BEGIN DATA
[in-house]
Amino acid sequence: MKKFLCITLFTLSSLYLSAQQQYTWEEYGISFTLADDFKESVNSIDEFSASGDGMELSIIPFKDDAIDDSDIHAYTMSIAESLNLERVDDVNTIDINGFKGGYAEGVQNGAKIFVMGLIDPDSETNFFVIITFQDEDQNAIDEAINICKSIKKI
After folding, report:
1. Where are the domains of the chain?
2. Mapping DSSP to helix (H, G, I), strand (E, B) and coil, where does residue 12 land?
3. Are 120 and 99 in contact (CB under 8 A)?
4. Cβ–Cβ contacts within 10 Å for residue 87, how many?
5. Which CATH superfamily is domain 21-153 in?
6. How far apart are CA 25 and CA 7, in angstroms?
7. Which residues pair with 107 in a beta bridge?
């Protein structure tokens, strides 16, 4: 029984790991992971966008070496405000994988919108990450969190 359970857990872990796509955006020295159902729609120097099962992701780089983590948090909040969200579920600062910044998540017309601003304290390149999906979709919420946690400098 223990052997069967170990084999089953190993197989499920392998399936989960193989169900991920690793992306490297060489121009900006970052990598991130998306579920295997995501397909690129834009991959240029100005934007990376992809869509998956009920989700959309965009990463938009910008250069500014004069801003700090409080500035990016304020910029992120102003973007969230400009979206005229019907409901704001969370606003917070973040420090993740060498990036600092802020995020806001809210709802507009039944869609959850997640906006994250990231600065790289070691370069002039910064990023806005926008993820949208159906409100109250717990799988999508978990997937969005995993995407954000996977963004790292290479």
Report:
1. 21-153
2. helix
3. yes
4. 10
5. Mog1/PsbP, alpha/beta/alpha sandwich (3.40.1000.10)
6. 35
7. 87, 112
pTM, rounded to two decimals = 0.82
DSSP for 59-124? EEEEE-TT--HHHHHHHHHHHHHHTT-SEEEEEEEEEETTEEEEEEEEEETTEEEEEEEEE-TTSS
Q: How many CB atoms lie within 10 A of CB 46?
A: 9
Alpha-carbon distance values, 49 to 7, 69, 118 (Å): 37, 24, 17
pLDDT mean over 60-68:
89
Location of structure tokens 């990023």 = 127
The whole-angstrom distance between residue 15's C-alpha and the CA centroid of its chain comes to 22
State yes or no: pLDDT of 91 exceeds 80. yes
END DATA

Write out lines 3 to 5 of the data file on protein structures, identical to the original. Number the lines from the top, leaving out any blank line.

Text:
After folding, report:
1. Where are the domains of the chain?
2. Mapping DSSP to helix (H, G, I), strand (E, B) and coil, where does residue 12 land?